• which of your words have the most ‘zing’ or energy,

  • where you experience resistance (the fight part of us that isn’t afraid that if we practice befriending, the shame Tiger might get us).


Supports you can offer yourself:

  • slow down your efforts,

  • breathe into your belly,

  • remember that I’m with you in this exercise.


As you sit back and gaze at the spokes on your wheel, quietly turn the page (like a wheel) until you arrive at today’s word.


Let’s say for our example that your word is Refuge. And, let’s say that the center of your wheel is Loneliness.  A self-kindness mantra may emerge. It might look something like this:


To the part of me that is lonely, I offer it Refuge.


And, could get utilized like this:

Inhale and say silently to “Toward that in me which is lonely,”

Exhale and say silently to this part “I offer your refuge.”



As you move about your day, this practice can be integrated discreetly, silently, lovingly.

Instead of Good Food versus Bad Food try First Do Less Harm, Then Do More Good

In our latest Hunger, Hope + Healing newsletter, I introduced a new offering for us at our Portland home, the DAYA Foundation. That offering is the Restart Program led lovingly by Courtney Cronk.

In response to this newsletter, I was honored by an email expressing a valuable perspective. One concern was that Restart might activate the parts of us that think of Good Foods and Bad Foods, keeping some foods in the “scary’ category.

Please know, that I completely understand living with the view that there are Good Foods and Bad Foods and that we are Good or Bad People when we don’t or do eat these foods.

During my own disordered eating days (years), there was little to no direction available. This was back in the late 80s and early 90s. I floundered with self-generated ideas about what to eat and what not to eat, mostly based on fear of food, fear of gaining weight, a desire to lose weight, and anger about having to eat, wanting to eat, and deserving to eat (funny how those aren’t the same things – those are all distinctly able to express themselves, and, at times, in conflict with each other too!).

Somehow, I came to a ‘decision’ that I was willing to explore. I would eat three meals a day, even if I had also binged. And, for a time, I would avoid eating the foods with which I seemed to be bingeing the most. Those happened to be sugar and carbs (since I was starving myself much of the time, this makes sense). I had a deep desire to have a relationship to all foods as valid, and to have no foods be off limits. It just didn’t make sense to me that my mind would label any foods as evil, forever, and only for me (since I regularly saw other people eating those sorts of foods and not falling to pieces).

But it also seemed consistent enough that when I ate such foods, I was overwhelmed, not just mentally, but also physiologically.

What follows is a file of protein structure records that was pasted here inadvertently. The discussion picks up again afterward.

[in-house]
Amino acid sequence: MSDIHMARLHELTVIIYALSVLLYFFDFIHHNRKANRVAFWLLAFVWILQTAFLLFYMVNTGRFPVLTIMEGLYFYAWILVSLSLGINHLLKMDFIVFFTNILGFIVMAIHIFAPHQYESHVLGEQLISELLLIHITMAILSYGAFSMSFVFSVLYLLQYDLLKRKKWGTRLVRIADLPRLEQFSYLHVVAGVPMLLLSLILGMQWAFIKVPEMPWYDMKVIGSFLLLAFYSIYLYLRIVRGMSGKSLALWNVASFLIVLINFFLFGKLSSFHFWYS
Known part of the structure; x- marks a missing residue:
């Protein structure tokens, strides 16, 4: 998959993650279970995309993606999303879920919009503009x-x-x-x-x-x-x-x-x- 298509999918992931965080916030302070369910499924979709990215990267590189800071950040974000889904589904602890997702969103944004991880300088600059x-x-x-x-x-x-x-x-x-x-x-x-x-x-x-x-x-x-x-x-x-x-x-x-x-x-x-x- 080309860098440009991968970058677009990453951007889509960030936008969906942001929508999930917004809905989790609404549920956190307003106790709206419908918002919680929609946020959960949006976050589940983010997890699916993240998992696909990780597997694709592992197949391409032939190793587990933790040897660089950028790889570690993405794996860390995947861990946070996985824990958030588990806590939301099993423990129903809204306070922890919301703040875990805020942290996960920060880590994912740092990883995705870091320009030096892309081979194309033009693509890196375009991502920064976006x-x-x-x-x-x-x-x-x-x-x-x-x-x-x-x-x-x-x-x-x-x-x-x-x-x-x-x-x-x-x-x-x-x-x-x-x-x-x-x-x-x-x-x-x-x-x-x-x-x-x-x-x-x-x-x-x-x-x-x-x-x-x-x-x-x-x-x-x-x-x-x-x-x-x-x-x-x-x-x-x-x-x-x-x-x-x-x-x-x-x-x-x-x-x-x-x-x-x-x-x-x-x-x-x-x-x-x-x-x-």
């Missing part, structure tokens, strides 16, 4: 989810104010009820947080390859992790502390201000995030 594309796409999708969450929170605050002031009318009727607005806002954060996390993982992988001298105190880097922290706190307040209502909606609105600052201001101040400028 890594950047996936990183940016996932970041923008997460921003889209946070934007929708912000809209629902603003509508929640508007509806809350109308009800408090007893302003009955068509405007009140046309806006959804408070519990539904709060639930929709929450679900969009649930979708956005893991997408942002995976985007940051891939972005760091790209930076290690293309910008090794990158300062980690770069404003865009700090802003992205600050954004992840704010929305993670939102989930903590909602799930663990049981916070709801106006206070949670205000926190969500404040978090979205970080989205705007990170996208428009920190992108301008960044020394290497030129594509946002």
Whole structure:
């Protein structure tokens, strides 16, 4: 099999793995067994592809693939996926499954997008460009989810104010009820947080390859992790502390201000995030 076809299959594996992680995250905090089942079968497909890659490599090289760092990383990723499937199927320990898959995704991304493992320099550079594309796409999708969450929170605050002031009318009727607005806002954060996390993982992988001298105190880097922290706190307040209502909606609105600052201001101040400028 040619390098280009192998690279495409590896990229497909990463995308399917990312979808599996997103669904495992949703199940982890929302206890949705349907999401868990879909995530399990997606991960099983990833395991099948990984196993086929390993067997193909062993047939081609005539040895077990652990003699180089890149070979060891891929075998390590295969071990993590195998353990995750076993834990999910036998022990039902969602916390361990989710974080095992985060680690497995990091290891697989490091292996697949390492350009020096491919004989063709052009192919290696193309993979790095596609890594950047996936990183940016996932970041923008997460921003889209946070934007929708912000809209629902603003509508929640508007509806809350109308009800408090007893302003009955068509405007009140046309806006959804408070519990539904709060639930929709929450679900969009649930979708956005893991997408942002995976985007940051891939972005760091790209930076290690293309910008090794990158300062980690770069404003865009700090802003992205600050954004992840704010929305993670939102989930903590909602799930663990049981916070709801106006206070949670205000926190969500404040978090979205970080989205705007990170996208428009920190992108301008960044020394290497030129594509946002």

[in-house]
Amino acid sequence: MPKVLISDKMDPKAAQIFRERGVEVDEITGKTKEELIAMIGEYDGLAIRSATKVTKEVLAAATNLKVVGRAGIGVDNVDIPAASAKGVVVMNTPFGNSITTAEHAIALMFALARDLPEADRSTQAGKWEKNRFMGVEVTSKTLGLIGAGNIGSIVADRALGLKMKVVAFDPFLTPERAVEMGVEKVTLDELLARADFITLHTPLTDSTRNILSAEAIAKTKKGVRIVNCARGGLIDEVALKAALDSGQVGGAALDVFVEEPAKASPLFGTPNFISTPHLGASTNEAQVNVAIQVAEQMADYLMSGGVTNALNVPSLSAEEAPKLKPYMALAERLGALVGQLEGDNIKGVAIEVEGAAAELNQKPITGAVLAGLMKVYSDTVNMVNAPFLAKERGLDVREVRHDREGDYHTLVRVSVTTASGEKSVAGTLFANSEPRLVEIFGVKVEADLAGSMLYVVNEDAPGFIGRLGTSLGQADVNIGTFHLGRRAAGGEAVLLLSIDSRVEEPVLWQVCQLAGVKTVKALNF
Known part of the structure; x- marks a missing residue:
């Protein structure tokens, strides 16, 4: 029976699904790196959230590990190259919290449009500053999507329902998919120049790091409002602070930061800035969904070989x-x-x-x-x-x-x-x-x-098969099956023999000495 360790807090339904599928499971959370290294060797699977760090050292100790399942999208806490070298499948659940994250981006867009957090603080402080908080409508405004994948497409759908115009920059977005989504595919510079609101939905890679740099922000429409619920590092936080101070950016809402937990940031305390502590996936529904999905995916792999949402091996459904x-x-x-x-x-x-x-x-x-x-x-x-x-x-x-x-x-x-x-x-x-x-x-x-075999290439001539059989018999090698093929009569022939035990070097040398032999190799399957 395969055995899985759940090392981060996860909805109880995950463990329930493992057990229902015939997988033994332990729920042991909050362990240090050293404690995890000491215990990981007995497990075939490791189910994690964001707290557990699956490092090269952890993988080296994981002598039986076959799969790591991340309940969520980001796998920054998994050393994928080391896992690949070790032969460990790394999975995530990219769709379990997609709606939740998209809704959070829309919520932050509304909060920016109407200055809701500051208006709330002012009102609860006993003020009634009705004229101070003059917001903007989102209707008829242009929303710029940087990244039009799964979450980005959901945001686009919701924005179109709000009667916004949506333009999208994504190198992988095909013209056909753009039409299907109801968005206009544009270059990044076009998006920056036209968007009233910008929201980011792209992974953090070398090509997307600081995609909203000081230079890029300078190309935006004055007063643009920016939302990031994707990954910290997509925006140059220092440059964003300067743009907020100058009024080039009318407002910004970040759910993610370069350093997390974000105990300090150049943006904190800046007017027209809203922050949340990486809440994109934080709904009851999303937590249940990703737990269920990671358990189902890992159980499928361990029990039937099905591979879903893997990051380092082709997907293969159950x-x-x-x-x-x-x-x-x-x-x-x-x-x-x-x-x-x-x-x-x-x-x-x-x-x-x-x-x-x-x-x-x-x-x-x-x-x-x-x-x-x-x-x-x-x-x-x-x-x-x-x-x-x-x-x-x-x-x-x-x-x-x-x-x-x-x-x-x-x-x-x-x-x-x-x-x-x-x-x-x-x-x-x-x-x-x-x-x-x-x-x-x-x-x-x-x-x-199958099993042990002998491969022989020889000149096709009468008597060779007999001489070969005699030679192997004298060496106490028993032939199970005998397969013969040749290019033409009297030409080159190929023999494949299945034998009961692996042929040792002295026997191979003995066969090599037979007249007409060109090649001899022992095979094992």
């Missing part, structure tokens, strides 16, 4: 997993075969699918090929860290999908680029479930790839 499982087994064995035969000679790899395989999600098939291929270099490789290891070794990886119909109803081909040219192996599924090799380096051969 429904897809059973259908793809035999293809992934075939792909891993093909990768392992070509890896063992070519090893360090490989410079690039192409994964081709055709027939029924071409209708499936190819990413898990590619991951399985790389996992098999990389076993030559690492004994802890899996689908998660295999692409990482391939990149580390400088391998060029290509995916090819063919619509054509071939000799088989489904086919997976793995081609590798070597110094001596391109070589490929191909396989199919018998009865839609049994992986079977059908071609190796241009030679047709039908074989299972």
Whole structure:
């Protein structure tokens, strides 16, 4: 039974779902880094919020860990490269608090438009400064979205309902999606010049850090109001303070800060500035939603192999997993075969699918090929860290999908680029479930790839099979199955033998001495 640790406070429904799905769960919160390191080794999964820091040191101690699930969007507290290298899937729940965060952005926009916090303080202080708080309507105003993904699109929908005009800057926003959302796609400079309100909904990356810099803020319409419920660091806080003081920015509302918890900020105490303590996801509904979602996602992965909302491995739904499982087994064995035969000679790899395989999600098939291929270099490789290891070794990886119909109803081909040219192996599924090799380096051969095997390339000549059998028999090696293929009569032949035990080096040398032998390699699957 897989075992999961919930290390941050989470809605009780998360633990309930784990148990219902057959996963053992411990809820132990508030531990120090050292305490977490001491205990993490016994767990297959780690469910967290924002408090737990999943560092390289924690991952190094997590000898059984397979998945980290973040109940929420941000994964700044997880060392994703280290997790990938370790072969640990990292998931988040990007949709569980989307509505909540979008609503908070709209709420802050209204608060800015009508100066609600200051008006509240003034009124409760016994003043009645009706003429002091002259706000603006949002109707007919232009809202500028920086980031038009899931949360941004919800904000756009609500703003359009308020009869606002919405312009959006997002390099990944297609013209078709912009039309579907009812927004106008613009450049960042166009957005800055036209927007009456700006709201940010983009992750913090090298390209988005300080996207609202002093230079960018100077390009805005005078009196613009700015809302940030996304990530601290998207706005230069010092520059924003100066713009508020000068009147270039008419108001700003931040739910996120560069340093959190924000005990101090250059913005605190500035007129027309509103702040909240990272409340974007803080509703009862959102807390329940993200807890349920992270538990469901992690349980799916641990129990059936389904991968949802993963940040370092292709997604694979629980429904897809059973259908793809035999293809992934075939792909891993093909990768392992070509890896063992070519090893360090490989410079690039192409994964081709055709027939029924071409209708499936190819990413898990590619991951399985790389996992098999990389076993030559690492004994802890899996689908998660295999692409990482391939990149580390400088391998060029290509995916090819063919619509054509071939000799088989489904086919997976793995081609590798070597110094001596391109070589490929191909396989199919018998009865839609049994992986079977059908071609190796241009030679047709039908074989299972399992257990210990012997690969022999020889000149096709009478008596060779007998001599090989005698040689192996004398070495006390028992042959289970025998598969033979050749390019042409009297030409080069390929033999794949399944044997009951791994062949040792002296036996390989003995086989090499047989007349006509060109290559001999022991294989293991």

So, I decided to avoid the following things, specifically: the art openings at my art school (I was in college at the time and these openings were always buffets of sweets and wine and cheese, the latter of which had no appeal to me, the former of which was terrifying). The walk home from art school to my apartment led me by three different ice cream shops, two cookie shops, one bakery, and the cookie aisle at the grocery store.

Over a period of 5-6 weeks, while researching how it would be to actually eat three meals a day (my hope was to become someone I could rely on to feed myself, someone trustworthy to myself) and not putting myself in danger (which is how it felt at the time), that I might find some inner sanity. Which is actually what happened. My brain started to feel better. I slept better. I was less anxious about where my next calories would be coming from and whether I would fall into a pit of despair because I was walking too closely to a cookie shop (or a cookie at all!).

A chapter in my book, in the section on Forgiveness and Freedom, comes out of the changes required in my thinking. It’s called First Do Less Harm, Then Do More Good.

For the past 15 years, my recommendation to the HHH community is to grow into a recovery where we’re not labeling foods as good or bad, and into a relationship with food and feeding ourselves that respects our body and our brain (which for example, needs healthy fats to help with cell metabolism and to balance blood sugar). We often start the process of self-nurturing discipline (the stage of recovery yoga calls Tapas) with the gentle task of hydrating (gentle, but not necessarily easy or uncomplicated). Once relationships feel safer (including relationship with me, with each other, with our bodies, with certain foods) then we start nudging ourselves to consider small, wise nutritional action items with the guidance of a sensitive, skillful, encouraging nutritional therapist.